December 10, 1987 |
In El Salvador, Luis, now a refugee living in Media, was a welder and labor organizer. In April, Luis' union activities became so dangerous that he and his wife, Sonia, were forced to leave the country, crossing the Mexican border after, he said, they were threatened by the Salvadoran government. Asked what action the government would have taken had he remained in El Salvador, Luis, 31, flicked a finger across his neck. "I would have been killed. " Sonia and Luis, who don't reveal their last names, were introduced at a gathering featuring a community leader from their country at the Swarthmore Friends Meeting last Thursday.
May 5, 1995 |
It has been 40 years since Cuong Pham has been home to his family's small village, nestled in bamboo groves outside Hanoi. Along the way, home has been Saigon, Guam, and now, South Philadelphia. But his first home in the United States was Fort Indiantown Gap, the sprawling military base surrounded by forests and hillsides in Pennsylvania farm country. Pham, 63, will return to Indiantown Gap tomorrow for a bittersweet 20th reunion of many of the thousands of Vietnamese refugees temporarily housed there after the April 30, 1975, fall of Saigon and the end of the Vietnam War. And as he and other older Vietnamese did when they arrived at "the Gap," a National Guard and Army Reserve base at Annville, Pa., Pham will be thinking of his homeland and the people he left behind.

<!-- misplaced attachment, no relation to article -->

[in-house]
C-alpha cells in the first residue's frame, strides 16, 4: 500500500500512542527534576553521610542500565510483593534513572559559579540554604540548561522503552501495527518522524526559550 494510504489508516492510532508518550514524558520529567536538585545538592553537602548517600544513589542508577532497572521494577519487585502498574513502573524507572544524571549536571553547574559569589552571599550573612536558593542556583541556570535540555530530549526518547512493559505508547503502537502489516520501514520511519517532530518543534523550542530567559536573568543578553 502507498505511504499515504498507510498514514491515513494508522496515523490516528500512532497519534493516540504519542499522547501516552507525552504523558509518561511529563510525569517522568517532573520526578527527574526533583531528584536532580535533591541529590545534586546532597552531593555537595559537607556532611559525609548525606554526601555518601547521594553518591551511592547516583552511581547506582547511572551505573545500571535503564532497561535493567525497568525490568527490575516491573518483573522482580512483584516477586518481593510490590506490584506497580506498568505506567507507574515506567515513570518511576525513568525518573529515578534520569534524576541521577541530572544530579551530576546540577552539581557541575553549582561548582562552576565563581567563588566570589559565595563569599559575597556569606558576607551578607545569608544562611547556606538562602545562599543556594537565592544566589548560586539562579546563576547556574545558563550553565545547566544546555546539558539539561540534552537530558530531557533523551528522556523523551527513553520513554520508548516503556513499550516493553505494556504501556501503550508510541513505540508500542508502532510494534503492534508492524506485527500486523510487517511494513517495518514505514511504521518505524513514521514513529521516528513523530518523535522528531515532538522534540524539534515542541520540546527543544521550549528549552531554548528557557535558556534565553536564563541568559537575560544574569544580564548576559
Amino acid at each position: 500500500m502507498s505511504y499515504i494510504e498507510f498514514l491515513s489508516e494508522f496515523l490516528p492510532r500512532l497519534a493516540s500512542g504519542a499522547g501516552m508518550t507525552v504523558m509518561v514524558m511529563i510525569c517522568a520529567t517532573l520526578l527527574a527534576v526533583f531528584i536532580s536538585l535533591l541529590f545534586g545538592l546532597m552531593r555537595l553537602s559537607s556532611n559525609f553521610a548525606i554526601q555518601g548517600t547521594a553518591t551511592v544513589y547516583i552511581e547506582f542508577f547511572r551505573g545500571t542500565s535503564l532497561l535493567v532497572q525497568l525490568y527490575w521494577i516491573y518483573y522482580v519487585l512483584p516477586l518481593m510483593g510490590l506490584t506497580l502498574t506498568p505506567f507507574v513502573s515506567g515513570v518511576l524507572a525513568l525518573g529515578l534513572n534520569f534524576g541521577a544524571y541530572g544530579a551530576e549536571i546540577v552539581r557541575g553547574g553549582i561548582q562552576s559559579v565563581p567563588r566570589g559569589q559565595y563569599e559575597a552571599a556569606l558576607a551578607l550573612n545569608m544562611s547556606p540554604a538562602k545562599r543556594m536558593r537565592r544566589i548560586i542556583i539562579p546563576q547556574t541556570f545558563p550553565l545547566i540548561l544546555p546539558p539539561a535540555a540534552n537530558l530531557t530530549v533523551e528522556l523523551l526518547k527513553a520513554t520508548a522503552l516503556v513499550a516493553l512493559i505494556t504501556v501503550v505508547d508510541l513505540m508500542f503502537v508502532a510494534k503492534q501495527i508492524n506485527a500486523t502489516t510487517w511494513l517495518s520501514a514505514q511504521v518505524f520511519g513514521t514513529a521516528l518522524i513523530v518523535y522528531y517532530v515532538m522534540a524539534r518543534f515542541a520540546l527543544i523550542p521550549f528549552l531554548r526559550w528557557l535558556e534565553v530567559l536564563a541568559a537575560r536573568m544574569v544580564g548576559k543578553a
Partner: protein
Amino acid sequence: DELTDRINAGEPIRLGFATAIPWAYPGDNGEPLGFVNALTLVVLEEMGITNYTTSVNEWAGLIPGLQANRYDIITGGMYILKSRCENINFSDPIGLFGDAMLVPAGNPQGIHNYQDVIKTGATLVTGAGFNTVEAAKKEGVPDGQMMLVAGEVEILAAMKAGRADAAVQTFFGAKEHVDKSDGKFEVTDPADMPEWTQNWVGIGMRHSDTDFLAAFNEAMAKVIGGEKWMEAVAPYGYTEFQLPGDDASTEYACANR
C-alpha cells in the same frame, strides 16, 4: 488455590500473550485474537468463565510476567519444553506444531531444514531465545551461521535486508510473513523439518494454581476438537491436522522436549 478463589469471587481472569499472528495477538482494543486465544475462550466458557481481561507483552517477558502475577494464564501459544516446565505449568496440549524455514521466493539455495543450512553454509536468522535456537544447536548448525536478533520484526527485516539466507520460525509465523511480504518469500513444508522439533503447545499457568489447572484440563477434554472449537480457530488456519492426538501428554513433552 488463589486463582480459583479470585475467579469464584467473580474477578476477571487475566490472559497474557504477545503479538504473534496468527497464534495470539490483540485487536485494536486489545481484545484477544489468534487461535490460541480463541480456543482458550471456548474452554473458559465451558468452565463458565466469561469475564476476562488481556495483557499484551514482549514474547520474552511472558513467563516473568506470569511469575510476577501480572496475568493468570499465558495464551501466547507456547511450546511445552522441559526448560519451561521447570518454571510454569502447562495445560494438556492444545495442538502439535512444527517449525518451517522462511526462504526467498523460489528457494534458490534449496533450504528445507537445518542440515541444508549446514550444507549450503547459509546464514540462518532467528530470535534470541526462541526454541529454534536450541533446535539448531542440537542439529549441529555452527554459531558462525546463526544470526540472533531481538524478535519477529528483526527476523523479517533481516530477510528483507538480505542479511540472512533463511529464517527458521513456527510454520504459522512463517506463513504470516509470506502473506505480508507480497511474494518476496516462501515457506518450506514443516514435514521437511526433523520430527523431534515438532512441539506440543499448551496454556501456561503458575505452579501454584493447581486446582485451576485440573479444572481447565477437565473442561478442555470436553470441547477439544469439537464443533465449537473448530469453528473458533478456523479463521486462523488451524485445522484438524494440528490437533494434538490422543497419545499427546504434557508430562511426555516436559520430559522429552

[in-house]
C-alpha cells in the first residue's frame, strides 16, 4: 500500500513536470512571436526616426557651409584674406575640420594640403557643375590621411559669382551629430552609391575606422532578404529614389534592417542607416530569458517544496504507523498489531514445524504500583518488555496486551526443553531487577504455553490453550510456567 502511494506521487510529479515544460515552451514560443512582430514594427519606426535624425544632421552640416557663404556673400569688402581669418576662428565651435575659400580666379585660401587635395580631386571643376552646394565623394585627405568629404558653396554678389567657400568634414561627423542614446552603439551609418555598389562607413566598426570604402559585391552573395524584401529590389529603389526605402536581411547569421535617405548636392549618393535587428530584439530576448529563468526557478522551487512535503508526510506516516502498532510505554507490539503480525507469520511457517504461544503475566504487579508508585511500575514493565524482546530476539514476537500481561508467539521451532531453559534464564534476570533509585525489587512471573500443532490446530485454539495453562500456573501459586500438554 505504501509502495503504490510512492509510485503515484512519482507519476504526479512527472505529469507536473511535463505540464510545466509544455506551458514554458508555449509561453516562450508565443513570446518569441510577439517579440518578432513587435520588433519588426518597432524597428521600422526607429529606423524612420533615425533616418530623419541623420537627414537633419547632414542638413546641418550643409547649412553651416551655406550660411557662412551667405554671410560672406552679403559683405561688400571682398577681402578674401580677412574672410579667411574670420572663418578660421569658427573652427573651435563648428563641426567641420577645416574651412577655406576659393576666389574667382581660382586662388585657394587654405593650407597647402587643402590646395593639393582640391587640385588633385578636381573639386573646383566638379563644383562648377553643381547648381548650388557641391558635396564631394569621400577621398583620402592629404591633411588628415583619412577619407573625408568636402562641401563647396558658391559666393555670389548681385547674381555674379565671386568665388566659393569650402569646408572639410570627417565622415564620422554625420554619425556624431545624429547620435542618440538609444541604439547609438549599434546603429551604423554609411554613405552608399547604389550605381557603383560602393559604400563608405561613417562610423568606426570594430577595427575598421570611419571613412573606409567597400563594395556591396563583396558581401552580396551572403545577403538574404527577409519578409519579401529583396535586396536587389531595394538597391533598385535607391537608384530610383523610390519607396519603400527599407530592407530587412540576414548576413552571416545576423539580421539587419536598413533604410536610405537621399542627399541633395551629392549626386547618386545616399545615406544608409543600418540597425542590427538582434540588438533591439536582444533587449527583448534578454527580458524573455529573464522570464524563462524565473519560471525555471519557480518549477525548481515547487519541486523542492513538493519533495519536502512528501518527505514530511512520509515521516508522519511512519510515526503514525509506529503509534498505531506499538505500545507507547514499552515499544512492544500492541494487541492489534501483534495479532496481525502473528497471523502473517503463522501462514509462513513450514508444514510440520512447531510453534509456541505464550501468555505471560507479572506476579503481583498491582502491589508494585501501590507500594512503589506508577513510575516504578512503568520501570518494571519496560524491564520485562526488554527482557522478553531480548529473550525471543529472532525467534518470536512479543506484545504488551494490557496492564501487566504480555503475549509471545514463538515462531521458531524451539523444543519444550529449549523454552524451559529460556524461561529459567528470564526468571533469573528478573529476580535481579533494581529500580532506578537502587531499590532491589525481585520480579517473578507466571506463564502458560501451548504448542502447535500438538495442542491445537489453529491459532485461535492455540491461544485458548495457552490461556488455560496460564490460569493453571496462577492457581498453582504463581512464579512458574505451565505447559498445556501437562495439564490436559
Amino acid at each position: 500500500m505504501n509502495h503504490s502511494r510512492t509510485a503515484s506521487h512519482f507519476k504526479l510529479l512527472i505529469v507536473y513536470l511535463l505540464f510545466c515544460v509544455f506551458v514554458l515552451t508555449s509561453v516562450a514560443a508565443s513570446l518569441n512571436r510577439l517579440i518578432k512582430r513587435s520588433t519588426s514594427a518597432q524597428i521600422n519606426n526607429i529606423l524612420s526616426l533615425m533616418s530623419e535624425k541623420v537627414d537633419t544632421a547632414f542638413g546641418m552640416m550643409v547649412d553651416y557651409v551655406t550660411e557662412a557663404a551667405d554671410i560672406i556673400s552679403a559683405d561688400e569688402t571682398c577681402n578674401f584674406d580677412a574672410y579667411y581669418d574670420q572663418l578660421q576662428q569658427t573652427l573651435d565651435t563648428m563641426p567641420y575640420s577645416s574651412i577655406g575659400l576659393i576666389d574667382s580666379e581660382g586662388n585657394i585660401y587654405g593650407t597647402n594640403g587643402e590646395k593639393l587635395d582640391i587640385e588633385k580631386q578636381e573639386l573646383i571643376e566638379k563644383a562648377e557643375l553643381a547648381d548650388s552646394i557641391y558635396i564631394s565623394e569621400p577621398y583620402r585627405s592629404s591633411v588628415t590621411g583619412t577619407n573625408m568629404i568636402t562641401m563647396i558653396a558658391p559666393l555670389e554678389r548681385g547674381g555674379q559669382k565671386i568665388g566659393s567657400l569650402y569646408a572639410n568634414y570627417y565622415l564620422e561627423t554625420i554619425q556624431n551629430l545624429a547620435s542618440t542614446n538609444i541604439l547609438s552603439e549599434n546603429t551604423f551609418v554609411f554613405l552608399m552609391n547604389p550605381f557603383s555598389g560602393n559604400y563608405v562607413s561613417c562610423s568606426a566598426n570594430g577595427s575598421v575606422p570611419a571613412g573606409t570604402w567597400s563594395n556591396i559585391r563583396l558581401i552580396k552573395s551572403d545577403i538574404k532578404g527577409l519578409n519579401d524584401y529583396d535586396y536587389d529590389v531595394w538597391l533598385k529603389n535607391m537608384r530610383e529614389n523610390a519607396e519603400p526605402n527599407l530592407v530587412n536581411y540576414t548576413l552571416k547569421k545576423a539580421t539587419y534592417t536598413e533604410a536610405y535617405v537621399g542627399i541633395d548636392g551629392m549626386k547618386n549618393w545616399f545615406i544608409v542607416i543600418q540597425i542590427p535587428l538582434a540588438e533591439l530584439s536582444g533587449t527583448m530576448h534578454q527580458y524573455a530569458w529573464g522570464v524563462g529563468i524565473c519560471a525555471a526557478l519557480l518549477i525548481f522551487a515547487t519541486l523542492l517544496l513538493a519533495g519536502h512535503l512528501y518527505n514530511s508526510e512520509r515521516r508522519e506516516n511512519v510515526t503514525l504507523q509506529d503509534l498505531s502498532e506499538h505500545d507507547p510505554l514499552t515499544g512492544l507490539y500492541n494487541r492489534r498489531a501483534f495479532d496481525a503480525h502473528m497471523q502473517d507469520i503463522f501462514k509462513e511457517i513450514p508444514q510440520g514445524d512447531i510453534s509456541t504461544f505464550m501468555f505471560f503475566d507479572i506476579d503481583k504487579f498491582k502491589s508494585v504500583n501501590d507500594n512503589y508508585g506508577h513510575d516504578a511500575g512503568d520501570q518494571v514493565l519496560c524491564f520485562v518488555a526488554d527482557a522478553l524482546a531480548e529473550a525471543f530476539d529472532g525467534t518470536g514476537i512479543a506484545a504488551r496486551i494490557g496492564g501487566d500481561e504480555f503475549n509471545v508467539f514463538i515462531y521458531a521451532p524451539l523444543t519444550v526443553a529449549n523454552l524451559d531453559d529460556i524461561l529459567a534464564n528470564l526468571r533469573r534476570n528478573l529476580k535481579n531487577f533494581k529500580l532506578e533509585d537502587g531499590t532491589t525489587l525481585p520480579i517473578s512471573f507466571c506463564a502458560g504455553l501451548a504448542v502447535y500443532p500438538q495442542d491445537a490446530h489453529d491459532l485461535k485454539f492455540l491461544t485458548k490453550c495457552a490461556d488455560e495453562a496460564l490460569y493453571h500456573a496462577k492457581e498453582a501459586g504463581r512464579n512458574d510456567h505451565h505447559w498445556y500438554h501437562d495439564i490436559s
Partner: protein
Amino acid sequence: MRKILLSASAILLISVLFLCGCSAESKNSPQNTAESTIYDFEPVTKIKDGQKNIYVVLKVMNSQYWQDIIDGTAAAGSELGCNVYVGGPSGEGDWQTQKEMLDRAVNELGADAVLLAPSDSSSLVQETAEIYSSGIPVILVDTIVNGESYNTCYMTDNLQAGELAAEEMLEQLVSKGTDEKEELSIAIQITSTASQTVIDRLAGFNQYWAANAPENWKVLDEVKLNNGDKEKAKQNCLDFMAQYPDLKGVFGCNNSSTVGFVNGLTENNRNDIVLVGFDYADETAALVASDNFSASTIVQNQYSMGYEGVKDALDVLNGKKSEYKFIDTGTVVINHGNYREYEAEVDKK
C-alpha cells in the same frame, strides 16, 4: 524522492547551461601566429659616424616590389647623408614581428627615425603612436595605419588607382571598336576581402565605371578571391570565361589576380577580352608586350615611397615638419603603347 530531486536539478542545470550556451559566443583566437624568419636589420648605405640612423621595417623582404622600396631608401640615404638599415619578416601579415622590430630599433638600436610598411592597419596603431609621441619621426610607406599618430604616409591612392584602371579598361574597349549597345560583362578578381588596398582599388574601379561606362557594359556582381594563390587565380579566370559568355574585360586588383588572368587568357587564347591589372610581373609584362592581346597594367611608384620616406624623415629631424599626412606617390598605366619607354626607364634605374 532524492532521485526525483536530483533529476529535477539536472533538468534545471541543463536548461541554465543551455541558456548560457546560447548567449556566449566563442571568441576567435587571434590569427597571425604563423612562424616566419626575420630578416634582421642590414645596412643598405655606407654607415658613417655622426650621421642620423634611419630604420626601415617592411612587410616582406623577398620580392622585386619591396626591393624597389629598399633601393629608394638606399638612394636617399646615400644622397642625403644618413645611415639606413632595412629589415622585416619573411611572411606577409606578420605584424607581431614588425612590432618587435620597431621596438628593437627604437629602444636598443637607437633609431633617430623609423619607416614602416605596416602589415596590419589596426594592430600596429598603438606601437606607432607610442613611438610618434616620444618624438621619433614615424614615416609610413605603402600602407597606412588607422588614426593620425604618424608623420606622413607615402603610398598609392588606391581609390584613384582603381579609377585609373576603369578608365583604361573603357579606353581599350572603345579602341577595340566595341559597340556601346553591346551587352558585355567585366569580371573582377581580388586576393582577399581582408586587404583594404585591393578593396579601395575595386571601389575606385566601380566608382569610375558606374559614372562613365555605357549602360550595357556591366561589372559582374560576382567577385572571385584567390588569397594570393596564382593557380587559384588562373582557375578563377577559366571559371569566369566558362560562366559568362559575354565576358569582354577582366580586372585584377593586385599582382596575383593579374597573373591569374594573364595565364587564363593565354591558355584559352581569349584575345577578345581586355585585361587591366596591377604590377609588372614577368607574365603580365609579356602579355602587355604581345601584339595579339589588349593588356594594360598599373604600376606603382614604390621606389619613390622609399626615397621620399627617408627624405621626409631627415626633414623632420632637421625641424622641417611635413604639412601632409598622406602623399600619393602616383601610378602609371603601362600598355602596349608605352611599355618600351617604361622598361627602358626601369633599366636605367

March 23, 1992 |
A tear rolled down Anowa Meha's cheek as he looked back across the Naaf River at his homeland, quite certain he would never set foot in Burma again. He was first off the boat, wading barefoot into the Bangladeshi mud with all his possessions stuffed into a burlap sack and two baskets on a shoulder pole. And now he squatted on the shore, looking back, his emotions plainly expressed by the stain on his dark, leathery face. "I cry for my village and my house," said Meha, 68. "It was my father's and my grandfather's house.
January 19, 1989 |
Sopaal Caan is not certain her 6-year-old son, Keo Long, will go back to the Cleveland Elementary School after he recovers from the bullet wound in his stomach. "He told me he is afraid," Caan, 44, a Cambodian refugee, said in the little boy's hospital room yesterday. "He is afraid that another man will come and kill him. " Throughout the large community of Southeast Asian refugees here, children and their confused parents, who came to this country to escape the persistent violence of their homelands, were trying to come to grips with Tuesday's horror.
August 24, 2008 |
Roger Bryan, 87, a German-born translator for the prosecution at the Nuremberg war-crime trials who moved to West Philadelphia after World War II and worked in the garment industry, died of heart disease Aug. 10 at Saunders House in Wynnewood. Born Roger Britzmann in 1921 in Berlin, the son of a doctor, he studied photography as a young man. When Mr. Bryan was 18, six weeks before war broke out in Europe, he fled to England. He was interned in a prisoner-of-war camp, and in 1940 he and 2,500 other Jews and refugees were shipped to Sidney, Australia, on the floating concentration camp, the Dunera.
May 27, 1992